Latest from Eric Raymond, in his ongoing effort to show how Android will defeat iPhone: Steve Jobs' Snow Job. We have to admit, he did call this; AT&T is offering tethering for the iPhone and has scrapped its "unlimited data" plans.
Here's Jason Snell's summary of Steve Jobs' D8 Appearance...
Meanwhile, Brad Feld is Loving the HTC EVO. I liked this: "And – for the payoff – I can make a f**king telephone call on this thing. I can’t remember the last time I looked back after a day and thought 'wow – I didn’t drop a single call today.'” Now the only dropped calls I’ve had are when I’m talking to someone on an iPhone and they drop." Ouch.
From New Scientist: Tacit Knowledge: you don't know how much you know. A rather recursive truth :) I find the observation that tacit knowledge is relational to be particularly true. But then, you already knew that...
This is awesome! Dolphin uses iPad to communicate with humans. (I will refrain from wondering whether the target user base for this device has finally been identified :)
I'm linking this purely for the headline: Magic Nucleus Gives Clues to the Origin of Heavy Metal. It's actually an article about particle physics, *not* Black Sabbath :)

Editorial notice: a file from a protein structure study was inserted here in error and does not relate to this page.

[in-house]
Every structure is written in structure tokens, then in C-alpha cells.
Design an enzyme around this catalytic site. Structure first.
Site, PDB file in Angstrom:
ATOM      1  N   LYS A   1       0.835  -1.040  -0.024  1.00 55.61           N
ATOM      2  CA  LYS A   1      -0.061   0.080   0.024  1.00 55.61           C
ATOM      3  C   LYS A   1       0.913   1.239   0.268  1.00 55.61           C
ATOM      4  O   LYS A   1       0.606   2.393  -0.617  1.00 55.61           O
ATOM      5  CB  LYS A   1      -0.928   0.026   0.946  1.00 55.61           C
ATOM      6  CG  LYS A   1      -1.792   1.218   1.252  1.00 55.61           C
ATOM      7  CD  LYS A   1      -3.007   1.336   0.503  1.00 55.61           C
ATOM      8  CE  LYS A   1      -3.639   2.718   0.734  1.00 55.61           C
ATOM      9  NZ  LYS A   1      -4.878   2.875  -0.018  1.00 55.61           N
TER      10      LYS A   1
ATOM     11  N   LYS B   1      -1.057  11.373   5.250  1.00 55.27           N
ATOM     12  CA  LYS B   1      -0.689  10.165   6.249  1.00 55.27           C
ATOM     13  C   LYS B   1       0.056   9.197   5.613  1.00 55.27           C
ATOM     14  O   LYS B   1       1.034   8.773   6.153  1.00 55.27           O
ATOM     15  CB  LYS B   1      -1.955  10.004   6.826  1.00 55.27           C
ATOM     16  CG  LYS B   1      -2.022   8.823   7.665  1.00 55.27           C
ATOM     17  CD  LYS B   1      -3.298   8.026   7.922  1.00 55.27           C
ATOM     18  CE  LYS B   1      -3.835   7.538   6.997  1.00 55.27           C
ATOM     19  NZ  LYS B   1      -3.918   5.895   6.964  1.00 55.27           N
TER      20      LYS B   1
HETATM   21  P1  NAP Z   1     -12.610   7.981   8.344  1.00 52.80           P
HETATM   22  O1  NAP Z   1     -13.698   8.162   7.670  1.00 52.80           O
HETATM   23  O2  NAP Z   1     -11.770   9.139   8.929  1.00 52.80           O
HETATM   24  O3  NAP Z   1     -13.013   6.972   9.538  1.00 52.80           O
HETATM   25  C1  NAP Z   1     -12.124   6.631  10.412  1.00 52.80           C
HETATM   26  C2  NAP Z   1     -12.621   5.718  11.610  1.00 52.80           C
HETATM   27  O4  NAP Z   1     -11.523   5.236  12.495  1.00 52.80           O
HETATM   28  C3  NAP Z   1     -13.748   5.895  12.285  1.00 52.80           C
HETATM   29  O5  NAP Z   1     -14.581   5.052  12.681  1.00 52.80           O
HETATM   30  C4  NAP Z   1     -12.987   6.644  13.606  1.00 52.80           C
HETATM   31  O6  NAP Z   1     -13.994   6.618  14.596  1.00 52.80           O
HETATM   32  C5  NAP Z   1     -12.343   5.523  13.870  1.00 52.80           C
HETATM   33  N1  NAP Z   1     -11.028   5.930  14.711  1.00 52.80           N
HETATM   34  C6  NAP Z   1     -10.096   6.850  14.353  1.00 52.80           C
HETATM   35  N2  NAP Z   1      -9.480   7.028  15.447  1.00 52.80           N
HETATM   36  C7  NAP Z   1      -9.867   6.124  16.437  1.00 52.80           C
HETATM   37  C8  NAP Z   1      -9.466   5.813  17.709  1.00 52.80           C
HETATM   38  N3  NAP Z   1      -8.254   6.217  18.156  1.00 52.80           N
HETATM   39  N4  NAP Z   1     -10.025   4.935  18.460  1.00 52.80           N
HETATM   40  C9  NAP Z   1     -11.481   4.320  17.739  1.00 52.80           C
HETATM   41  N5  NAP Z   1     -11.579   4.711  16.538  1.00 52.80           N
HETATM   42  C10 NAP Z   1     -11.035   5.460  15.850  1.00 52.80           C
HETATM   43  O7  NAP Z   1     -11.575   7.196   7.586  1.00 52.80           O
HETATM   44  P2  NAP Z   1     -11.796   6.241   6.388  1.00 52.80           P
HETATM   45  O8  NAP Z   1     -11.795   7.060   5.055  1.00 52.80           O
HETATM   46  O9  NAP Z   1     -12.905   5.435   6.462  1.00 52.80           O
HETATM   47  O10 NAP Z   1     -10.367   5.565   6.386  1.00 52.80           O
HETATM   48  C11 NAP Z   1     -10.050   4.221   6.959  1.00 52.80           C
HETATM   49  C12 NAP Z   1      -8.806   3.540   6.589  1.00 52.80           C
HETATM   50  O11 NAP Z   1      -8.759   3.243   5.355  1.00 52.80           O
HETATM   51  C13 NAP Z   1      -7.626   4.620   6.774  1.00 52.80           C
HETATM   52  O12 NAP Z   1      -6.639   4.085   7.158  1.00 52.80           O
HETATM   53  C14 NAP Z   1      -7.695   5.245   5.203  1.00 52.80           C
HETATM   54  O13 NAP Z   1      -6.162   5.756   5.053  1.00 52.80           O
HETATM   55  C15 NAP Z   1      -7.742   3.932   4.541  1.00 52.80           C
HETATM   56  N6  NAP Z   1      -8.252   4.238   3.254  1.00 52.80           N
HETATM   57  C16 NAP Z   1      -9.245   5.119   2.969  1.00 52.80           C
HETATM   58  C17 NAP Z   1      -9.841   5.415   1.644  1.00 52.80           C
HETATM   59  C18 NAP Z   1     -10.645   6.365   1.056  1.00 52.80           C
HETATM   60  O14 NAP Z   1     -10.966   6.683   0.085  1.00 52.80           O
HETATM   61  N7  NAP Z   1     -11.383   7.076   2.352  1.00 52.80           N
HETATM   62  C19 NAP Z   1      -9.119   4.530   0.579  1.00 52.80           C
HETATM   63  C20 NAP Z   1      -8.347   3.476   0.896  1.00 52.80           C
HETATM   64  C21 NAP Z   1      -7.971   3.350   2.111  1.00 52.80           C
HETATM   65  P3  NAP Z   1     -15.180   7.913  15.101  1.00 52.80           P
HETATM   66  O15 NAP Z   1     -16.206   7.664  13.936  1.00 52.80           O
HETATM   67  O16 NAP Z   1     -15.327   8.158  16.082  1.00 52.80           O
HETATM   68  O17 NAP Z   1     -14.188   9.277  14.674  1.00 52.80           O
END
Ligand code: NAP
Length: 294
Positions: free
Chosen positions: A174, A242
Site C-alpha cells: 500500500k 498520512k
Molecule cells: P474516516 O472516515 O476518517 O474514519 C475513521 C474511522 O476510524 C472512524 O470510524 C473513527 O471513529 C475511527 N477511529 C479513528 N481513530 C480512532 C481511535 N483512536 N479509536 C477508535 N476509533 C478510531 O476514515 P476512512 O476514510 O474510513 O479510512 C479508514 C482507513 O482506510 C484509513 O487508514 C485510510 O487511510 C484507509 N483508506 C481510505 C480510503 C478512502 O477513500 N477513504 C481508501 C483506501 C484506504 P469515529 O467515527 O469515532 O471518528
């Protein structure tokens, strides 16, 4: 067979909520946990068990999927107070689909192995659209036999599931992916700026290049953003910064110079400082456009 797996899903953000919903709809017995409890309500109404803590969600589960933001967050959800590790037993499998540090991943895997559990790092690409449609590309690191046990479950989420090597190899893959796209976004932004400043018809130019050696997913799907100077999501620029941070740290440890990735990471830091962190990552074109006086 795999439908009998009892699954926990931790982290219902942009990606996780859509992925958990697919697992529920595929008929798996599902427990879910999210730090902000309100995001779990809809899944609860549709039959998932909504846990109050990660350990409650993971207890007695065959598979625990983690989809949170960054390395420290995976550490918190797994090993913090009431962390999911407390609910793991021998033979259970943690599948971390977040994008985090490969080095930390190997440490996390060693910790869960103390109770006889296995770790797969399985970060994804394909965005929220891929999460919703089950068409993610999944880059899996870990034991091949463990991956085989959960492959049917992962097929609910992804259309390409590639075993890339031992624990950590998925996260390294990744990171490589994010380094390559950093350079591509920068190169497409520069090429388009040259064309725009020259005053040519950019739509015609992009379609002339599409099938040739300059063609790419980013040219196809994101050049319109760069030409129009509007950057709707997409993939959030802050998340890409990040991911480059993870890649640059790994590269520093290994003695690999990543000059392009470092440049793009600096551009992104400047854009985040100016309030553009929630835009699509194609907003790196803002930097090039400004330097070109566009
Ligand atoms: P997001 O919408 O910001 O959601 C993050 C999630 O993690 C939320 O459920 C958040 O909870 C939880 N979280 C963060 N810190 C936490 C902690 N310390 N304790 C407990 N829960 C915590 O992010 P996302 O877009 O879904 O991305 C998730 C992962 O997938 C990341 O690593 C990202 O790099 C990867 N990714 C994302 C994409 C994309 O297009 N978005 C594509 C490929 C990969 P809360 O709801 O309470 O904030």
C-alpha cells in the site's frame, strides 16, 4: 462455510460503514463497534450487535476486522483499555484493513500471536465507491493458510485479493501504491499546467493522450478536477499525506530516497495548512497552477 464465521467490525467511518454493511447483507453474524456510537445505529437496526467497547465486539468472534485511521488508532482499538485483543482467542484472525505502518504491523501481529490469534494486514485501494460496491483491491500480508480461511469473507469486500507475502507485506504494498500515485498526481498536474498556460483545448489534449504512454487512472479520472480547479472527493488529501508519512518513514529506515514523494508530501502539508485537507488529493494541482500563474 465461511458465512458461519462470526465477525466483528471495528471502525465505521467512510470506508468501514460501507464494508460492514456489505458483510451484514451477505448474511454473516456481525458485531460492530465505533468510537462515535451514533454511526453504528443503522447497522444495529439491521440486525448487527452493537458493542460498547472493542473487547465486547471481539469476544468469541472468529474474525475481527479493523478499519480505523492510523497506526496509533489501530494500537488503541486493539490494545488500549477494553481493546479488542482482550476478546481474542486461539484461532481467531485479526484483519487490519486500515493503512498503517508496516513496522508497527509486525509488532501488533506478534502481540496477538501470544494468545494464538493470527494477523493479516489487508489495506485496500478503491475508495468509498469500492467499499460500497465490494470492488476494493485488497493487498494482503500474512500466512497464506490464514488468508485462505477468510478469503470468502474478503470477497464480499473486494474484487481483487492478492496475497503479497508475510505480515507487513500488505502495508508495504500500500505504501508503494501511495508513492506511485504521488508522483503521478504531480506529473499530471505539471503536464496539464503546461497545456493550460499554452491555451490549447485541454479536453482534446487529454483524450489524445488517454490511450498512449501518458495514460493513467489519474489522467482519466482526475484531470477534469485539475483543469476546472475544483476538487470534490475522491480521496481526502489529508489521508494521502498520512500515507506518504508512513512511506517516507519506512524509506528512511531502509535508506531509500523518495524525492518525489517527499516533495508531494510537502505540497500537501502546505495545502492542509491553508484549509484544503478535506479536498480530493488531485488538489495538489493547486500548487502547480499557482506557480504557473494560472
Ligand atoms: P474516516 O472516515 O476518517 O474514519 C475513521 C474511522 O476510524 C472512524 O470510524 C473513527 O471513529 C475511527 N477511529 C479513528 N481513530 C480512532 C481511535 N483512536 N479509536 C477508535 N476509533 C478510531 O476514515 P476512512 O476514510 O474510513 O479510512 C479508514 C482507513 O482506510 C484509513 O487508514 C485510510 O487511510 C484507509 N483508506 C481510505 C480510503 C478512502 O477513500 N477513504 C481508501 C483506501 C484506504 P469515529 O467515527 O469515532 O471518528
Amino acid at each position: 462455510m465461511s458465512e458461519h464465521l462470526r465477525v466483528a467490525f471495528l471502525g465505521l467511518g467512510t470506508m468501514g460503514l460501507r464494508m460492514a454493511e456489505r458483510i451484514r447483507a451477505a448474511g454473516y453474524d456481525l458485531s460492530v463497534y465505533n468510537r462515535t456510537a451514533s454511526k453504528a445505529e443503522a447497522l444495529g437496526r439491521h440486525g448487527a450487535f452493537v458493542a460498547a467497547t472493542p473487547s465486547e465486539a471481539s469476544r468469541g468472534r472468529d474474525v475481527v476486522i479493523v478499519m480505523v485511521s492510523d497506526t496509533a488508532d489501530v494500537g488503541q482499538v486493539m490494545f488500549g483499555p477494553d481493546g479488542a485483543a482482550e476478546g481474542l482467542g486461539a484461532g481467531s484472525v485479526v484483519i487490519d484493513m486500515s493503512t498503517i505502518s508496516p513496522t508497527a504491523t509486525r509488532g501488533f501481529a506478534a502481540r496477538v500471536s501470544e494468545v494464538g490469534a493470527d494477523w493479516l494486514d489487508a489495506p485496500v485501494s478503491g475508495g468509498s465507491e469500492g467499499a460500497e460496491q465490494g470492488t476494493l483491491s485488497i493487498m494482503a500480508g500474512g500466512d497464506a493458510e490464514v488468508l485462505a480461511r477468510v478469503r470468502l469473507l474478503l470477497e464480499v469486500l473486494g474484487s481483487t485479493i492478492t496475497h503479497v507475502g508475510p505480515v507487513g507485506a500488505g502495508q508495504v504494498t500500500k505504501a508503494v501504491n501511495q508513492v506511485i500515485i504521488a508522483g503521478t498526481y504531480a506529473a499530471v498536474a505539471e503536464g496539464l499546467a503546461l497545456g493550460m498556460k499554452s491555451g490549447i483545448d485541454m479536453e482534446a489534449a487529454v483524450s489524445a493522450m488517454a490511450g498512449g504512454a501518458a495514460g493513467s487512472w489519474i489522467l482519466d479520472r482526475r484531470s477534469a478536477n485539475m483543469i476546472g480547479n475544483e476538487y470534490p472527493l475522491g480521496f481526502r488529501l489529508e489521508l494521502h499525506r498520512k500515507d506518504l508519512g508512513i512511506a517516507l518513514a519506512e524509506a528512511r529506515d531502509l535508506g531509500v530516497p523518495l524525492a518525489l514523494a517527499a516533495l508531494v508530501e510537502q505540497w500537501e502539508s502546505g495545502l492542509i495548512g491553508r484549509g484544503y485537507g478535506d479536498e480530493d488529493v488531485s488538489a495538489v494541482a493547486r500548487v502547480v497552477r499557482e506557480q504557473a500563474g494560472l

This sucks: Blown call costs pitcher perfect game. I think it sucks, but I don't think they should retroactively fix it. Perhaps this is an argument for instant replay however...
And this sucks too: Former UCLA Coach John Wooden dies. He was 99, and there is nobody I mean nobody who had more respect from his peers and players.
A great article by Jeff Atwood: The Vast and Endless Sea. How do you motivate programmers? The results may surprise you! "If you want to build a ship, don't drum up the men to gather wood, divide the work and give orders. Instead, teach them to yearn for the vast and endless sea. – Antoine de Saint Exupéry"
ZooBorn of the week: a [rare] white baby antelope.